Also when you set up DB2 you have the option to create a sample database. My installation said this had failed, but after going in to Data Studio the database was present.

Last caveat: You’ll need to make sure that your user has access privileges to the database. Do that in Data Studio via the database’s properties.

Step 2 – Connect from Unity

Now that you have your DB2 installation all working fine (this took me what felt like forever) we can hop on over to Unity and set up access to the database. This part is pretty simple.
I created a fresh Unity project and added a Plugins folder to the project. We’ll need to add two DLL files to this folder:
Unity-friendly versions of these can be found in your Unity installation folder like this:
Of course, your directory will be different from mine, but the subdirectories should be the same. Just locate those two DLLs and drag and drop them into your project’s plugin folder. I just left the settings on the marked for “Any Platform”, but I’ve only tested on Windows so I’m not sure if these libraries will work on Mac or Linux. I highly doubt they will work on WebGL, maybe on Android, probably not on iOS (because what does? right?).
Now that’s all done we can finally get to my favorite part: code!
For a test I simply created a new MonoBehaviour class and attached it to an empty GameObject in my scene. The code below provides an example of making a simple query and reading the results as strings. For a real integration of this you’ll want to convert the results to useable object types. A good example of this can be found here. For my purposes it was just good enough to prove a connection worked. And here’s the code:


That’s it. Hopefully the code is self-explanatory with all of the comments. I’ve set up a repository of this you can grab from GitHub that has a simple UI so you can do a full build and test it out on various machines or modify it to your own purposes. Check it out here.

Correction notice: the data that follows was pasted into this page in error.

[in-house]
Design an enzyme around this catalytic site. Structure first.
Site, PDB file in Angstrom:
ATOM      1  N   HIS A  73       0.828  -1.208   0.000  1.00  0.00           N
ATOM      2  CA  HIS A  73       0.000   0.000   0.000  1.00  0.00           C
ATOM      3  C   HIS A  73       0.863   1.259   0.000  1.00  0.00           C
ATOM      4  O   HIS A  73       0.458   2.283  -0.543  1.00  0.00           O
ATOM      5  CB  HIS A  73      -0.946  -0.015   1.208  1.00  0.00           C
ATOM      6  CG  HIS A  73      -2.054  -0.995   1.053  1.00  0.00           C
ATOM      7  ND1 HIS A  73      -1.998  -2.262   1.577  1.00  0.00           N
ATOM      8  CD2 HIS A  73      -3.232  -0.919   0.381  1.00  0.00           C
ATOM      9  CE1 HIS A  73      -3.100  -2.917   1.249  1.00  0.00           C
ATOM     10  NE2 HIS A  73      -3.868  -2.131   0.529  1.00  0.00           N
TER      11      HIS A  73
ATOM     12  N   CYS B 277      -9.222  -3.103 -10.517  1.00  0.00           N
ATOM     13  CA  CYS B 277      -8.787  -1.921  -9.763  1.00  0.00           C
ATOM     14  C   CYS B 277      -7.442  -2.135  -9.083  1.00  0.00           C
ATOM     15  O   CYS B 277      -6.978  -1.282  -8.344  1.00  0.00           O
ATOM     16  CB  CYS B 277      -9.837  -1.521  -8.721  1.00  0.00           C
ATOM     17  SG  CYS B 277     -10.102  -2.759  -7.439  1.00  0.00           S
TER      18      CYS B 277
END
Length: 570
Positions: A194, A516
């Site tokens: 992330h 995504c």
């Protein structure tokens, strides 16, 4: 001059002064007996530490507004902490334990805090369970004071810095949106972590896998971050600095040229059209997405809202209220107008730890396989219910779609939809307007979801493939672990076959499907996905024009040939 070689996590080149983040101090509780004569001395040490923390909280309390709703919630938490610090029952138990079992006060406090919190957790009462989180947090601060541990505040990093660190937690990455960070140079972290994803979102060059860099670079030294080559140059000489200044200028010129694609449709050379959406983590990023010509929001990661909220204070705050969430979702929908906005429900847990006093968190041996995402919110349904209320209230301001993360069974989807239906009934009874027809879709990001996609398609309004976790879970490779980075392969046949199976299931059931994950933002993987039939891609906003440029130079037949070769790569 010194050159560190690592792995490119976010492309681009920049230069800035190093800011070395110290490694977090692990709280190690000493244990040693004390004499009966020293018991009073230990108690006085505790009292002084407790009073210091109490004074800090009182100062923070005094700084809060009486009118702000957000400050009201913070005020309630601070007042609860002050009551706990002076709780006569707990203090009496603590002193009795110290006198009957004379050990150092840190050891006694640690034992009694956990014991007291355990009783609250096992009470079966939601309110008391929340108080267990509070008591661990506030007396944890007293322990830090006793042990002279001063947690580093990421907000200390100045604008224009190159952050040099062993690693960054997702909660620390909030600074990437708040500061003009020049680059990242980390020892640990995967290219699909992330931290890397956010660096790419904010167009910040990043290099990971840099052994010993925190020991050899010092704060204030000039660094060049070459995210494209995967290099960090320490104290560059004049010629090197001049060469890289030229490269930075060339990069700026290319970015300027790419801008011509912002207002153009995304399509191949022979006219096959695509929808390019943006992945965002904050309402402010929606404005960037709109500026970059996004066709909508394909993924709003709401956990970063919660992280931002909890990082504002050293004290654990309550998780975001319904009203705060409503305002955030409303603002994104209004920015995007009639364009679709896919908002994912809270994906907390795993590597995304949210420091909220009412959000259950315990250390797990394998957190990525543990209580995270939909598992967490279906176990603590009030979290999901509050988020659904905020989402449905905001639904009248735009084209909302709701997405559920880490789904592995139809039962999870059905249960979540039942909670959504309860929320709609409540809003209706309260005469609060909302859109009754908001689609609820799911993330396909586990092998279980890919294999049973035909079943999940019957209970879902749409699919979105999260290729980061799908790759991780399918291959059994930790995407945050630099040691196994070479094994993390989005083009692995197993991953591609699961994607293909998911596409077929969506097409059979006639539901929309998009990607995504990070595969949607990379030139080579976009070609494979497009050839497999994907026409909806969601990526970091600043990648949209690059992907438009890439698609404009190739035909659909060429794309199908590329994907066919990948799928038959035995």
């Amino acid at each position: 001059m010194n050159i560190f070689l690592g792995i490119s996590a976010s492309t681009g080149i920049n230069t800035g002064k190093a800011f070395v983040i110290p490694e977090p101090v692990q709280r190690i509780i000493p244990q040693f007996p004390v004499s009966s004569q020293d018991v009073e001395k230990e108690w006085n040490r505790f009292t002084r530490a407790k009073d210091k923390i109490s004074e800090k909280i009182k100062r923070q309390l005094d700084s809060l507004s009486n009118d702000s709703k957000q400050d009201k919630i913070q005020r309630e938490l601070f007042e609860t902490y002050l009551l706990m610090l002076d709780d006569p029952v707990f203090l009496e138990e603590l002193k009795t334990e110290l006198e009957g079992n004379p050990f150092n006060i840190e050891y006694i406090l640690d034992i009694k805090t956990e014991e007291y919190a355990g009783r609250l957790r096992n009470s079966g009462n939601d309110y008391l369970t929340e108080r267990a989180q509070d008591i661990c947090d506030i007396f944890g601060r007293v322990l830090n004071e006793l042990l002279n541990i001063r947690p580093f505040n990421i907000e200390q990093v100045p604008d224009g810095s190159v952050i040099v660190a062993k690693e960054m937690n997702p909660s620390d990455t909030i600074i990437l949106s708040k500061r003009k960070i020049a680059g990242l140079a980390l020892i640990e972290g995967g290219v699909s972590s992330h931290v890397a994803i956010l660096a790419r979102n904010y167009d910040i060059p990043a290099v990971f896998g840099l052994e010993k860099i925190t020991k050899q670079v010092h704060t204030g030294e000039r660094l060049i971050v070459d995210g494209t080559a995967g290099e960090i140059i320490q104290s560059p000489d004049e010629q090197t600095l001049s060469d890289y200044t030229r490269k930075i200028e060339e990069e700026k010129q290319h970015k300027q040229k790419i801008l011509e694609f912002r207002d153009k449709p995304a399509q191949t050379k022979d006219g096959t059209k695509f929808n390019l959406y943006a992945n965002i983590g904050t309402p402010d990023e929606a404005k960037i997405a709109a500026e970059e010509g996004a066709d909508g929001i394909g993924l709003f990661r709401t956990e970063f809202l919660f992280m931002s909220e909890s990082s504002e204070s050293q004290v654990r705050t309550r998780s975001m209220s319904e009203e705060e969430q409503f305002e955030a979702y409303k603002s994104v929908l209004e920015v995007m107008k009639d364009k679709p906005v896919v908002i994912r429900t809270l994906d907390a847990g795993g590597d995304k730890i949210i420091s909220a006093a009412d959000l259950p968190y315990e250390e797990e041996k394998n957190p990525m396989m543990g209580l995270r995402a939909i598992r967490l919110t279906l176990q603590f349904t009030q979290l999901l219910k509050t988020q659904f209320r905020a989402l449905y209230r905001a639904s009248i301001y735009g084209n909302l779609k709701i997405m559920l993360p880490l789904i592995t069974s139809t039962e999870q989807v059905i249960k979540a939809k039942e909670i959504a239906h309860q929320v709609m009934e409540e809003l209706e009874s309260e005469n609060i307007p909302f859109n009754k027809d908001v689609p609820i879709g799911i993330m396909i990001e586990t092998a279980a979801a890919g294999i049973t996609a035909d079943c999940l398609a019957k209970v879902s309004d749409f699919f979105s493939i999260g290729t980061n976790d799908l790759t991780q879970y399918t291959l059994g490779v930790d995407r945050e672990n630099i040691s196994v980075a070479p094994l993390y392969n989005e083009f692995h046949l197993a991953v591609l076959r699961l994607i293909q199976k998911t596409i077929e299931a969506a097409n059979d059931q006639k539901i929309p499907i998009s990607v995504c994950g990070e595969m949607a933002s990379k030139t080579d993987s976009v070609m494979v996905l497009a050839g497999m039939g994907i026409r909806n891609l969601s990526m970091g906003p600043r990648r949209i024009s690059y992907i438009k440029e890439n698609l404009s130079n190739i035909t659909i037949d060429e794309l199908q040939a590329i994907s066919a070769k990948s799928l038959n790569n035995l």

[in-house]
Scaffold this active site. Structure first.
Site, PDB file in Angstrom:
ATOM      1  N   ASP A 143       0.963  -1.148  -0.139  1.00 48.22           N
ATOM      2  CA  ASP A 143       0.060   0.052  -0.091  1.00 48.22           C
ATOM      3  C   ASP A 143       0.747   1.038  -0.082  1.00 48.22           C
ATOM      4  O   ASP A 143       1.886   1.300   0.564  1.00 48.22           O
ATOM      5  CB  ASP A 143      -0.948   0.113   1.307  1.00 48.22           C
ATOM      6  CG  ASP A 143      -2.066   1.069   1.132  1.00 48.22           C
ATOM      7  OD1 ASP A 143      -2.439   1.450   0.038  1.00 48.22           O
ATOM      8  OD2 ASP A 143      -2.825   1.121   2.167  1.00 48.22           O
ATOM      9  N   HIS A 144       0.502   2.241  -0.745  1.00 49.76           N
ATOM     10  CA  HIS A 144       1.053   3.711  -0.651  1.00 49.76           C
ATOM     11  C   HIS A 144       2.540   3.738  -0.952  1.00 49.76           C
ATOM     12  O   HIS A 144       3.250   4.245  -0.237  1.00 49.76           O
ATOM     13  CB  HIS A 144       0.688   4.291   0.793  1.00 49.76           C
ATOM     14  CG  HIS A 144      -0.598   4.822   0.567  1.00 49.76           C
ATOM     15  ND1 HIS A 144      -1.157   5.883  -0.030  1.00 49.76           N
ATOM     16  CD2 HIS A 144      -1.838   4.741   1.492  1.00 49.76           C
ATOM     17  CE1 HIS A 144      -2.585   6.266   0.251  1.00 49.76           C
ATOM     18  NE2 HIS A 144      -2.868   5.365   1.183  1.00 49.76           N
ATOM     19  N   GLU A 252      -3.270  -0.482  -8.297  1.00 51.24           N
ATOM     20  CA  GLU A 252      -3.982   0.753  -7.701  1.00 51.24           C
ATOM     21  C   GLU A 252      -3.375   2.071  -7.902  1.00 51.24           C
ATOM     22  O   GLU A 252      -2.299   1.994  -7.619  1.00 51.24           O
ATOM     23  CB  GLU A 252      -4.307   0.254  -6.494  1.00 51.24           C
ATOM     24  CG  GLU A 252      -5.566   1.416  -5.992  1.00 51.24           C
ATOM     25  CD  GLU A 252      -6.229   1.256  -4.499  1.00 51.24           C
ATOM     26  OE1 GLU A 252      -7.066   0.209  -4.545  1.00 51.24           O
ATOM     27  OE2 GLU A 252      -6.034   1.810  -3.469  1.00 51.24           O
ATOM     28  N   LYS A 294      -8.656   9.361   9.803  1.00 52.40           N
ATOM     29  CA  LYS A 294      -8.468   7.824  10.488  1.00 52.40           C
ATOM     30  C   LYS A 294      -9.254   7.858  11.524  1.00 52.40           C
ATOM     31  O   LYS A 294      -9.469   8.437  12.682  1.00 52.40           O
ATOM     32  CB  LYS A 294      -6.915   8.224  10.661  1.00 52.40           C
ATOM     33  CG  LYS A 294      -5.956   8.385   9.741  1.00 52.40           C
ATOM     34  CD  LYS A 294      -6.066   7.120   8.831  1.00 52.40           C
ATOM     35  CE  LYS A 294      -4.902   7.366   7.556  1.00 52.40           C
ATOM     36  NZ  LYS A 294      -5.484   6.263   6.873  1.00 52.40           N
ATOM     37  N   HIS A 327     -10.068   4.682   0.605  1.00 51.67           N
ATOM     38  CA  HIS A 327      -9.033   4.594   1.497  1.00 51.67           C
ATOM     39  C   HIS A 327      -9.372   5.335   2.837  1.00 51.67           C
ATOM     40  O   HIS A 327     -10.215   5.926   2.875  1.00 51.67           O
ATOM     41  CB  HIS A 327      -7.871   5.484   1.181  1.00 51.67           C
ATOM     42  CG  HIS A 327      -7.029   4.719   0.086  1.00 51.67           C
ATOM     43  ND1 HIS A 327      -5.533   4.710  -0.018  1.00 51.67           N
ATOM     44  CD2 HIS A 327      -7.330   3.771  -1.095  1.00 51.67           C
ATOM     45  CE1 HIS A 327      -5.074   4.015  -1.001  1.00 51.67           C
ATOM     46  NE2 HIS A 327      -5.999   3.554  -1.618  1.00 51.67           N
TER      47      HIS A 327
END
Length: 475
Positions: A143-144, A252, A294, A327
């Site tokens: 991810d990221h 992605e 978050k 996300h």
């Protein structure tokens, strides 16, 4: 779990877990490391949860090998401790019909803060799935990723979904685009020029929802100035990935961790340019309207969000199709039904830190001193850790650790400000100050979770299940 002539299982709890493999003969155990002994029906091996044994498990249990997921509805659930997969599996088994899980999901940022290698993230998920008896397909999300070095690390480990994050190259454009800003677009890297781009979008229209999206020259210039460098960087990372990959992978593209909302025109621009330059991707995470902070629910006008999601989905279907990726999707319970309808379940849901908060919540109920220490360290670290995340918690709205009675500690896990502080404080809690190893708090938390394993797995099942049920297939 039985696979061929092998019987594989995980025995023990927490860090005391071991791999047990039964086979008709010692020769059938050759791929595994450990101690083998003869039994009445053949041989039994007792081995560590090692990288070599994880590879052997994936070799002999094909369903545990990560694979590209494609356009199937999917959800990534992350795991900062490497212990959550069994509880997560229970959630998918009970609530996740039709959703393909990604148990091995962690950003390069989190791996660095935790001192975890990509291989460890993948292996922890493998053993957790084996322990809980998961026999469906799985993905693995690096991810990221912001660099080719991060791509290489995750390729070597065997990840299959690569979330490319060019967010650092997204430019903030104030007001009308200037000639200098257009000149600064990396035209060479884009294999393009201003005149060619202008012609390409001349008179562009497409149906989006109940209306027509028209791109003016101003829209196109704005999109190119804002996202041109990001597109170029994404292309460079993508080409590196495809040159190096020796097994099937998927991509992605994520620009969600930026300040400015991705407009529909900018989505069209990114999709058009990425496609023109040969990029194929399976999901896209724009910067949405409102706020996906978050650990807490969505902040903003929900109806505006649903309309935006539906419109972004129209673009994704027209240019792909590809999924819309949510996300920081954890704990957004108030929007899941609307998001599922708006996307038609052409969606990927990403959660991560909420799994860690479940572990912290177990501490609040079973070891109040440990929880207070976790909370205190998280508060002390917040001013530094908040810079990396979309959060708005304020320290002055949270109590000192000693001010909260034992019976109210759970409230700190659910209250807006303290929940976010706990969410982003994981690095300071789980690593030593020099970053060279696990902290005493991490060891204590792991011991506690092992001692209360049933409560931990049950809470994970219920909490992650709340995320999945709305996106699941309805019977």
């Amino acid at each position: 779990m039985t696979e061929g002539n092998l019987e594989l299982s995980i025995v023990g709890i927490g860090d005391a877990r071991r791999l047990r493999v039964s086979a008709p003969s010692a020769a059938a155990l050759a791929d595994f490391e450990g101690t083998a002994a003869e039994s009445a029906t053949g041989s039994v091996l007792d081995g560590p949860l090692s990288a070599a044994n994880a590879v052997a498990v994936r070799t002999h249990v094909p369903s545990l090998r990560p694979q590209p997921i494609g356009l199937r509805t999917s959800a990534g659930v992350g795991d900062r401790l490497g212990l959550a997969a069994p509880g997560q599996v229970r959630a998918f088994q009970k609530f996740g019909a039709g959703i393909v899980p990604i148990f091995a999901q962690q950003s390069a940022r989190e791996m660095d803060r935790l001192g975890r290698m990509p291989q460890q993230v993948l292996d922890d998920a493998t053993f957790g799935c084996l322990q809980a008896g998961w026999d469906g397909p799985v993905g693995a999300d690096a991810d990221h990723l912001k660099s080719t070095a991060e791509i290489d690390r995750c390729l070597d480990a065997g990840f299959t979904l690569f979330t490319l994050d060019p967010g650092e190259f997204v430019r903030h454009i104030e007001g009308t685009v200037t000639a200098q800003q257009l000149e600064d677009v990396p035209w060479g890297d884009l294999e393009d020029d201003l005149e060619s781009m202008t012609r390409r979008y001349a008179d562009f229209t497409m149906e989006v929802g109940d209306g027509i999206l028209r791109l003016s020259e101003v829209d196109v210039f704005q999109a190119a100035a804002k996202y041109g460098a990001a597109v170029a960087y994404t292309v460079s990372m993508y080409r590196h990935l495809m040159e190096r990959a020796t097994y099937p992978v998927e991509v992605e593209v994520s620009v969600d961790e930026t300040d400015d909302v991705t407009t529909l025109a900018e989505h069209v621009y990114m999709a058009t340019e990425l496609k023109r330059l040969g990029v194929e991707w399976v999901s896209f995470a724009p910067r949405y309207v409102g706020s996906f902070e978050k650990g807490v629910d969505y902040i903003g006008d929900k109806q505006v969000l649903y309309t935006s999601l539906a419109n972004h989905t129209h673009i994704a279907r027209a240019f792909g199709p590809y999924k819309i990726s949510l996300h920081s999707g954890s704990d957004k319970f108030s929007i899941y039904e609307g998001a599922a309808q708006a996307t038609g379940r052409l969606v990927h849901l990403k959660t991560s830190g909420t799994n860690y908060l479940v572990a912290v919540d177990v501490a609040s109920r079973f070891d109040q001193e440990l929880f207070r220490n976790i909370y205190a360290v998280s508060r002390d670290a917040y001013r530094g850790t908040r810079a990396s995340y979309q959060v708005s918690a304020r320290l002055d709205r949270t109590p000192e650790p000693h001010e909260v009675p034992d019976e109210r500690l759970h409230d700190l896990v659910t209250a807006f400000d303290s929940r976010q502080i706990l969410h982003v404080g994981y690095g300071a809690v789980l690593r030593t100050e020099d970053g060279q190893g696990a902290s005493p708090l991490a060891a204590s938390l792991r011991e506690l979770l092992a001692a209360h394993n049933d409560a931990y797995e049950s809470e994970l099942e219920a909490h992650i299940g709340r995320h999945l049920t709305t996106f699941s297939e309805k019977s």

I hope this saves someone from the many headaches I encountered over the past few days of trying to get this to work. There are a lot of outdated examples on the internet and none specific to Unity. Next up I have to test this with some other database management systems (DBMS) such as MySQL, SQLLite, Oracle, and SQL Server. Should be a fun time setting those up!

vuzop_video_cover_imageI was testing this for an additional feature of an app I’m working on called vuzop. It is a data visualization tool that allows you to view your data in 3D or with a VR headset. Check out more information on vuzop here.

As always,
Thanks for reading!



  1. Peter George Mavronicolas
    Peter George Mavronicolas 2022/05/12

    The package in Unity that needs to be installed in order to access:


    is “Input System” in Package Manager

  2. Peter George Mavronicolas
    Peter George Mavronicolas 2022/05/12

    correction. Unity System is incorrect. It clears all compiler errors for a moment and reappeared.

    • Sean Mann
      Sean Mann 2022/05/12

      In newer versions of Unity (2021 at least). You don’t seem to need to add these libraries anymore. I can’t fully test because I no longer have a IBM DB2 database set up and don’t really want to. If you post your full log trace here, Unity version, and platform you’re running on then I could potentially take a look but it compiles for me no problem in 2021.3.2f1.
      Good luck! You might be better off converting the DB to something more popular like SQLLite.